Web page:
Research Your Implant Dentistry Options

There comes a time when virtually everyone requires a visit to the dentist for care that goes beyond a checkup and routine cleaning. Issues for most may range from cavities to complex diseases, while others find themselves in hospital emergency rooms for treatment of injuries that resulted in the loss of multiple teeth.

In fact, millions of Americans are missing most or all of their teeth in the upper or lower jaw. Fortunately, even a brief consultation with a periodontist or a cursory review of an implant dentistry magazine comforts patients with the knowledge that options have rapidly advanced beyond standard dentures.

Implant dentistry improves the quality of life for patients physically and emotionally. The procedure does away with most of the common insecurities associated with wearing bridges or dentures, such as slippage and chewing certain foods.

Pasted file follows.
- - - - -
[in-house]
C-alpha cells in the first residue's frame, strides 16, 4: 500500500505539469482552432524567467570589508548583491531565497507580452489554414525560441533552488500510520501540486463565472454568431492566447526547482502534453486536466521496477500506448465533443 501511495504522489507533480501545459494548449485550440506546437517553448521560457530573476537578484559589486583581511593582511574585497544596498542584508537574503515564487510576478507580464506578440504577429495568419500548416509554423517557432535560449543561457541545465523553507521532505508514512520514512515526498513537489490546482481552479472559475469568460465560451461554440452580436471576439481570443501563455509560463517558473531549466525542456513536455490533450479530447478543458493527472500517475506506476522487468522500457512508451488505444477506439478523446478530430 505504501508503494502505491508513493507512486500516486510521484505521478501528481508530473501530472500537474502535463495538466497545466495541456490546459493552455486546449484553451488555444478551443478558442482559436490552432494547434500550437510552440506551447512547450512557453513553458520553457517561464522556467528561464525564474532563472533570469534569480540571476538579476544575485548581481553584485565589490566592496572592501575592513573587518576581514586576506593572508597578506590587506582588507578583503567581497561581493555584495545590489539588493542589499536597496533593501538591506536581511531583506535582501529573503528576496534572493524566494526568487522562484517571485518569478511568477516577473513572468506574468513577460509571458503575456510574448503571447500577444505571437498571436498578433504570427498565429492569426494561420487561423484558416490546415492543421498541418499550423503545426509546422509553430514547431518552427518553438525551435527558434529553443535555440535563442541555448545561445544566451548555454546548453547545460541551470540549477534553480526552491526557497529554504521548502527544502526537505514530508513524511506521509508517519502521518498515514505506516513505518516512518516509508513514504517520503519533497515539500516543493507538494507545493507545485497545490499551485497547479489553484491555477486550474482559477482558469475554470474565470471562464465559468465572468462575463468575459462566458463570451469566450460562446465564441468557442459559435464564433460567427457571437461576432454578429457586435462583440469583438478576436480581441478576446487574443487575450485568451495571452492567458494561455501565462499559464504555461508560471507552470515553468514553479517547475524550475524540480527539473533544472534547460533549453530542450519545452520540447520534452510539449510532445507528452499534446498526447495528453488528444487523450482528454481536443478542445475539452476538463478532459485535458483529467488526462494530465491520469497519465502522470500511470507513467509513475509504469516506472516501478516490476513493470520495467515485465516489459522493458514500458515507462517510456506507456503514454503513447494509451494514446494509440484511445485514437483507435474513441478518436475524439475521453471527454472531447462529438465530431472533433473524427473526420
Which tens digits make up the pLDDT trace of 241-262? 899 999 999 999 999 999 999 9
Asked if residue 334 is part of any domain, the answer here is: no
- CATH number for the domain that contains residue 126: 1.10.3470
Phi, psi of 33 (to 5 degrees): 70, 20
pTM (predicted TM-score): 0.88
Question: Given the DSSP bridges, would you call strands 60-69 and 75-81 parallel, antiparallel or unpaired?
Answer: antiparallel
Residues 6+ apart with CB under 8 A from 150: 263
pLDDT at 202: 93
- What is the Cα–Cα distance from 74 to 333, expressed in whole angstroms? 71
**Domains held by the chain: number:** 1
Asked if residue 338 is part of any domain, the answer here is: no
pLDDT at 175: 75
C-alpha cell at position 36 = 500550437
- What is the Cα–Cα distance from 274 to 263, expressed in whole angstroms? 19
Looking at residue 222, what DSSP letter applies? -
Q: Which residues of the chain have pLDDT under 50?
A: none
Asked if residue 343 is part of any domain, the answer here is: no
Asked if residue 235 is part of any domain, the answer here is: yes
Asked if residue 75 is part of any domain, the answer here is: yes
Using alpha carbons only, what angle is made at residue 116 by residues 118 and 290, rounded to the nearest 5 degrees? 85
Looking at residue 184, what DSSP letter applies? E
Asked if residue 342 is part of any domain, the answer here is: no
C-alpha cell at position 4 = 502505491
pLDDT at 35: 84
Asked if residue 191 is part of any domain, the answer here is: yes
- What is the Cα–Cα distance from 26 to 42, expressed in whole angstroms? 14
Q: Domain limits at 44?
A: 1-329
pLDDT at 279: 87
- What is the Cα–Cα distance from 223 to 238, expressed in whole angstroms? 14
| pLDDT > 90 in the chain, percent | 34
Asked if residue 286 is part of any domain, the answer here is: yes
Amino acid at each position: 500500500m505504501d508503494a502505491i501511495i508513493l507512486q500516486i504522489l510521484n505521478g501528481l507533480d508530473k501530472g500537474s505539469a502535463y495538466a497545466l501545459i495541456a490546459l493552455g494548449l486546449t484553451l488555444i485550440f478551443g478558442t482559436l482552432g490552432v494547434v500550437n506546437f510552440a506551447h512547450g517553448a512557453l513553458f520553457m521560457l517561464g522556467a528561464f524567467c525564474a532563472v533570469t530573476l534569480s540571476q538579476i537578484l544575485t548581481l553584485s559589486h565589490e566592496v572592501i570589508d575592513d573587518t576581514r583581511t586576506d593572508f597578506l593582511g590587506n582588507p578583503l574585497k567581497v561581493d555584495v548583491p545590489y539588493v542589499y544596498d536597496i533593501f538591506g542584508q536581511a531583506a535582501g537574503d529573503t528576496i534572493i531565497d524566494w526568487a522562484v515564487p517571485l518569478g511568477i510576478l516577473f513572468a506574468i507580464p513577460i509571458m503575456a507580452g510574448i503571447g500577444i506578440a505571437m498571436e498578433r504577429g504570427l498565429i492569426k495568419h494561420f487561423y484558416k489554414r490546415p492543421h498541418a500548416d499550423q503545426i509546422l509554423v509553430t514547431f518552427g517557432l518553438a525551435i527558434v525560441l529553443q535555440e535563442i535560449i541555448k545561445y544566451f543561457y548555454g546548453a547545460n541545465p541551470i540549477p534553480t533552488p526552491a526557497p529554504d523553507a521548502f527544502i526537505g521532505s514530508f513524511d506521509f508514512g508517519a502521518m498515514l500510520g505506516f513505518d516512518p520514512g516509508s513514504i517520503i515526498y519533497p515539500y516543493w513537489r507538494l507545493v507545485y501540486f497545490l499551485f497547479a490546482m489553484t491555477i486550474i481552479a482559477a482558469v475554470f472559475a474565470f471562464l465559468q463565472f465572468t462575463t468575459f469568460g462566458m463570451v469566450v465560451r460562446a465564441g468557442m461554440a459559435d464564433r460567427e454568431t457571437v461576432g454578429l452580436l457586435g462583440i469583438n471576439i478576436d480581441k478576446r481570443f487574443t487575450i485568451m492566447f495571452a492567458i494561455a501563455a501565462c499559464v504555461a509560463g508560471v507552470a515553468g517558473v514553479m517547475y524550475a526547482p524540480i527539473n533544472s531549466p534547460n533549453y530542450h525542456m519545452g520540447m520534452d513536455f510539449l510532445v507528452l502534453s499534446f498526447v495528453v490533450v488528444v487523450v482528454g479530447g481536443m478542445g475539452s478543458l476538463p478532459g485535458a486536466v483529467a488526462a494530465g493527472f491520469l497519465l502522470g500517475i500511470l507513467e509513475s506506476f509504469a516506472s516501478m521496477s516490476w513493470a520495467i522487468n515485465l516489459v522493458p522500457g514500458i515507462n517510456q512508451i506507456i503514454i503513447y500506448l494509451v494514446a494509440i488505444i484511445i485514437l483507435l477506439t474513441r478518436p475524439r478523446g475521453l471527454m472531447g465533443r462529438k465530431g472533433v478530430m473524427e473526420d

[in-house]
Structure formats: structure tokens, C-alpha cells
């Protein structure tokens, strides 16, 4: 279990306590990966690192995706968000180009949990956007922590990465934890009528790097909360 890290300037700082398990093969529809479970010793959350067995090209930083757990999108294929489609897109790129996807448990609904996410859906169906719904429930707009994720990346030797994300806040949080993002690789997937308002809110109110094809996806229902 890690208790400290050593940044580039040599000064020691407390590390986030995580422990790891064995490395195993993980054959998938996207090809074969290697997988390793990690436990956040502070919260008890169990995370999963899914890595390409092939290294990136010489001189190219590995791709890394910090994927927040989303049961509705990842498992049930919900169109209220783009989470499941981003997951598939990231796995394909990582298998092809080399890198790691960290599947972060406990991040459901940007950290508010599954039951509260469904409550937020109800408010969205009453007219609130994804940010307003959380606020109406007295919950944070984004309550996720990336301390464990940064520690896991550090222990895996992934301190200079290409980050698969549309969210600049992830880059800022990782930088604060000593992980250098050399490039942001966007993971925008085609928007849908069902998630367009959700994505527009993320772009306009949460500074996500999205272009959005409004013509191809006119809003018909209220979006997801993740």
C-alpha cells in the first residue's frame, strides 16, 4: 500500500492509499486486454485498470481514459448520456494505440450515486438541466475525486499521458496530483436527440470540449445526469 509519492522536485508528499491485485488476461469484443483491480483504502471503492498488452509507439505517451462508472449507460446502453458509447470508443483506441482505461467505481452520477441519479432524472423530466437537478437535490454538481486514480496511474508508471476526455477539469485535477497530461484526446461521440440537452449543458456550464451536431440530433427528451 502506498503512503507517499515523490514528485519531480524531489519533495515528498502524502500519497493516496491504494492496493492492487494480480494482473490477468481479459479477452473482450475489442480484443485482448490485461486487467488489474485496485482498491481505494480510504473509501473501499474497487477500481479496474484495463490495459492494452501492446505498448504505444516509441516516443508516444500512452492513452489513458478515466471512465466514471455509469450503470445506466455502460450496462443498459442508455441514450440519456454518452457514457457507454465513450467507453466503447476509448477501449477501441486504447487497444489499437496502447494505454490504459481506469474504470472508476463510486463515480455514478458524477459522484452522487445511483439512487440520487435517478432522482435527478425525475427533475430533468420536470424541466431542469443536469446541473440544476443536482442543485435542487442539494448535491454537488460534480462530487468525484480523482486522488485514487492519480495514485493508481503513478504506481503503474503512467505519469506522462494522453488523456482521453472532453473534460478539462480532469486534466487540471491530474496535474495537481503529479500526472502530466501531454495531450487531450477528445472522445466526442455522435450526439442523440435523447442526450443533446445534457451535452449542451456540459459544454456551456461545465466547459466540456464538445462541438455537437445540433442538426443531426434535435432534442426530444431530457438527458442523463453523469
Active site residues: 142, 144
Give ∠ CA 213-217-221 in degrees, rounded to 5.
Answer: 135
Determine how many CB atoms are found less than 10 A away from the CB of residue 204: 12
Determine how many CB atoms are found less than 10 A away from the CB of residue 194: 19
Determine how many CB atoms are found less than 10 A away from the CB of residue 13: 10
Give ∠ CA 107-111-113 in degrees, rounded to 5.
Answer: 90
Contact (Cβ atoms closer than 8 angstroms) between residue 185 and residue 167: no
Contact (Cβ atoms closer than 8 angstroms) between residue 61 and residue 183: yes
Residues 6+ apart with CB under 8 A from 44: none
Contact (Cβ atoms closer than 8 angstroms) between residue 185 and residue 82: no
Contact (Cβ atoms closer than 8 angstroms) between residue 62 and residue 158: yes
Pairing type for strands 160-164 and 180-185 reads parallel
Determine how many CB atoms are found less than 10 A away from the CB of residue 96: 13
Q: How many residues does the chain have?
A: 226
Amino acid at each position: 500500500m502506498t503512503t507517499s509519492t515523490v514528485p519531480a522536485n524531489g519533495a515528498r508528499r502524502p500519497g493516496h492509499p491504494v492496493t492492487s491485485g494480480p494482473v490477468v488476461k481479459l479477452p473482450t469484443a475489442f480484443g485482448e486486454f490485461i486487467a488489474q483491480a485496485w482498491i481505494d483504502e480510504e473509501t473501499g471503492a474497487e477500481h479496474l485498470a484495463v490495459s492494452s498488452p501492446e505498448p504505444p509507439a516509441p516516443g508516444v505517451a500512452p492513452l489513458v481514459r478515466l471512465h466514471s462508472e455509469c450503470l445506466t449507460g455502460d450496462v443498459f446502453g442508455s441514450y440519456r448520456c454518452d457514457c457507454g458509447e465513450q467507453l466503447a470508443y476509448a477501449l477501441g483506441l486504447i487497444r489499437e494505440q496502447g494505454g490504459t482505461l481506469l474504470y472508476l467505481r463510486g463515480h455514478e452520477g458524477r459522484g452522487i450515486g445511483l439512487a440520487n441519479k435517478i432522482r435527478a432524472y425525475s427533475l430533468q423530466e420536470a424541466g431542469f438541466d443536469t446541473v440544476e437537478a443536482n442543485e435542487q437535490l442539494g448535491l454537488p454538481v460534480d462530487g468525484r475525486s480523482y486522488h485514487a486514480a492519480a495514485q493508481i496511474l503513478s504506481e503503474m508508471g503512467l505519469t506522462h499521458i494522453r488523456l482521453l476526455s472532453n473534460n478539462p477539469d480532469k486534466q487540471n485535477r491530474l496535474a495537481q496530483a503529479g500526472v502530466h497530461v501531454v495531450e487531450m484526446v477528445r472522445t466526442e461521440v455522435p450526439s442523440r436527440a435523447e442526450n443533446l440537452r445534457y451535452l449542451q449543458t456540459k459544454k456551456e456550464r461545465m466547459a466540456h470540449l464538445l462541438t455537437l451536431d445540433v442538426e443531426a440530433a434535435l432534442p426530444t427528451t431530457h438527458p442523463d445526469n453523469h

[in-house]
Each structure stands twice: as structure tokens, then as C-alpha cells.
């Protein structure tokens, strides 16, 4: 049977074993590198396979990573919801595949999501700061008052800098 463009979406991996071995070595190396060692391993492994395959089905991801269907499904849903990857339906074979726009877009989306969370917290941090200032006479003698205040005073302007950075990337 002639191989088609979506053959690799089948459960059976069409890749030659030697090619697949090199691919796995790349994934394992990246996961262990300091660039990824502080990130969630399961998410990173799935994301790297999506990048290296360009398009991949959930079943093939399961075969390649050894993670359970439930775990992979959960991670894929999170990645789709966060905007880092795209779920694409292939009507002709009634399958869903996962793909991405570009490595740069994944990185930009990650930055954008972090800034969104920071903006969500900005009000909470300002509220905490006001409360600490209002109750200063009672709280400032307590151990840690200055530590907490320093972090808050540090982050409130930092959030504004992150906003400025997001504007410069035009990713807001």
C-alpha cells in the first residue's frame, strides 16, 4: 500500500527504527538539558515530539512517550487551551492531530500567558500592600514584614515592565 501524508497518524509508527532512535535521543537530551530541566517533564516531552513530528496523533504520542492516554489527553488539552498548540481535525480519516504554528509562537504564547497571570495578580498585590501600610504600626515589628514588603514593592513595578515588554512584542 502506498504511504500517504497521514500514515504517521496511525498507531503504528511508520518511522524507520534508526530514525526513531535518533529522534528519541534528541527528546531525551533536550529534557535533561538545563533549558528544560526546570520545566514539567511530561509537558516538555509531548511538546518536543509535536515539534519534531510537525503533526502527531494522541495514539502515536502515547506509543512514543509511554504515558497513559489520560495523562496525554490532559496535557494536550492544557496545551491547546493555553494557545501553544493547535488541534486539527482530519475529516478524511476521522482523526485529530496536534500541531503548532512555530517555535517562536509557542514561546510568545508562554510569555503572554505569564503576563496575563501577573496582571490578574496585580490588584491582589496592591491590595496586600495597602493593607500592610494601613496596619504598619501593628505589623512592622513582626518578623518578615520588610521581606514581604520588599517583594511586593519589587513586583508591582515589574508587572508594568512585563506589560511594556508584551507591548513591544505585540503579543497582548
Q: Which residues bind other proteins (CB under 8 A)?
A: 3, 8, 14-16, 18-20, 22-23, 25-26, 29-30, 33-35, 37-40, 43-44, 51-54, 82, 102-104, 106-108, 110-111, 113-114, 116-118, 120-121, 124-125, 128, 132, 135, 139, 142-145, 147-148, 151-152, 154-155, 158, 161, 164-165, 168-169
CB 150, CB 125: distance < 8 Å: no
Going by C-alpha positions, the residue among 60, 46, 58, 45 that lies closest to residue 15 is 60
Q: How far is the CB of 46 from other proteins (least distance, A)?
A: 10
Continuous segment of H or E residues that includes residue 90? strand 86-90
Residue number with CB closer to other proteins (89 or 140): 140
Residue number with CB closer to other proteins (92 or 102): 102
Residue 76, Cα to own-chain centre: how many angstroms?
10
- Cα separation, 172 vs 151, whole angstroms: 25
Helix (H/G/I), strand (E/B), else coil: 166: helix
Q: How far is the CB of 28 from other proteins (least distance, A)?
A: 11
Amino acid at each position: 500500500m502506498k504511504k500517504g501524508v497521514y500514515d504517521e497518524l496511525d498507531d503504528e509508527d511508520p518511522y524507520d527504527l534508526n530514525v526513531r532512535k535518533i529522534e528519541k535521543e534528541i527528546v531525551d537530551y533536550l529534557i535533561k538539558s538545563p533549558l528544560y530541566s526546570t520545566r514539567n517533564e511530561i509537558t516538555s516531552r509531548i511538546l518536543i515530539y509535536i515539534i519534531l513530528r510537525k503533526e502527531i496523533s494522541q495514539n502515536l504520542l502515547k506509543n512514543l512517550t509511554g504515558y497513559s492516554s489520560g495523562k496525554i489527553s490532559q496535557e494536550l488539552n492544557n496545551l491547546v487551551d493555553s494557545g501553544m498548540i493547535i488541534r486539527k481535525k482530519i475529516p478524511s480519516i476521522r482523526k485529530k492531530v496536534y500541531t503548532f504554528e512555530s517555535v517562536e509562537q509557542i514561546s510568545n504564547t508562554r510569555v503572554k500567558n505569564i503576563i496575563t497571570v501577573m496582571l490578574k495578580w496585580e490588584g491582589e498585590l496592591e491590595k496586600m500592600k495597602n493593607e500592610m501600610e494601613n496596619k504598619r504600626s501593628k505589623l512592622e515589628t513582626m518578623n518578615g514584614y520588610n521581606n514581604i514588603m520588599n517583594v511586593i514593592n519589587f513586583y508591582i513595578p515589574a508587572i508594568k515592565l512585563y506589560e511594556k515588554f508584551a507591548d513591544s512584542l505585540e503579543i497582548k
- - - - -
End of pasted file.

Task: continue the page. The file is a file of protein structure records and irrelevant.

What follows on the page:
Titanium has become the gold standard of successful dental implant procedures these days. Usage of that material in a post fused with the bone as well as advances in drill technology can translate into a long-term success rate as high as 97 percent.

Implant dentistry magazine articles and dental care providers do caution prospective patients that a diagnosis of illnesses including diabetes or liver disease may preclude them from being candidates for implants. On the other hand, the relatively common problem of insufficient bone density within the gums can be overcome through a variety of bone-grafting procedures.

Though some oral surgeons advertise same-day service with subsequent tweaks, success is less certain because it does not allow the post to fully fuse (“osseointegration”) with the bone before the process is completed with placement of the crown. That becomes more of a consideration when multiple teeth are being replaced and dual implants are required to stabilize the prosthetic, implant dentistry magazine research papers acknowledge.

If you think a dental implant might be an appropriate solution, start with a visit to your dentist. He or she can refer you to a specialist who’ll assess your condition and recommend options.

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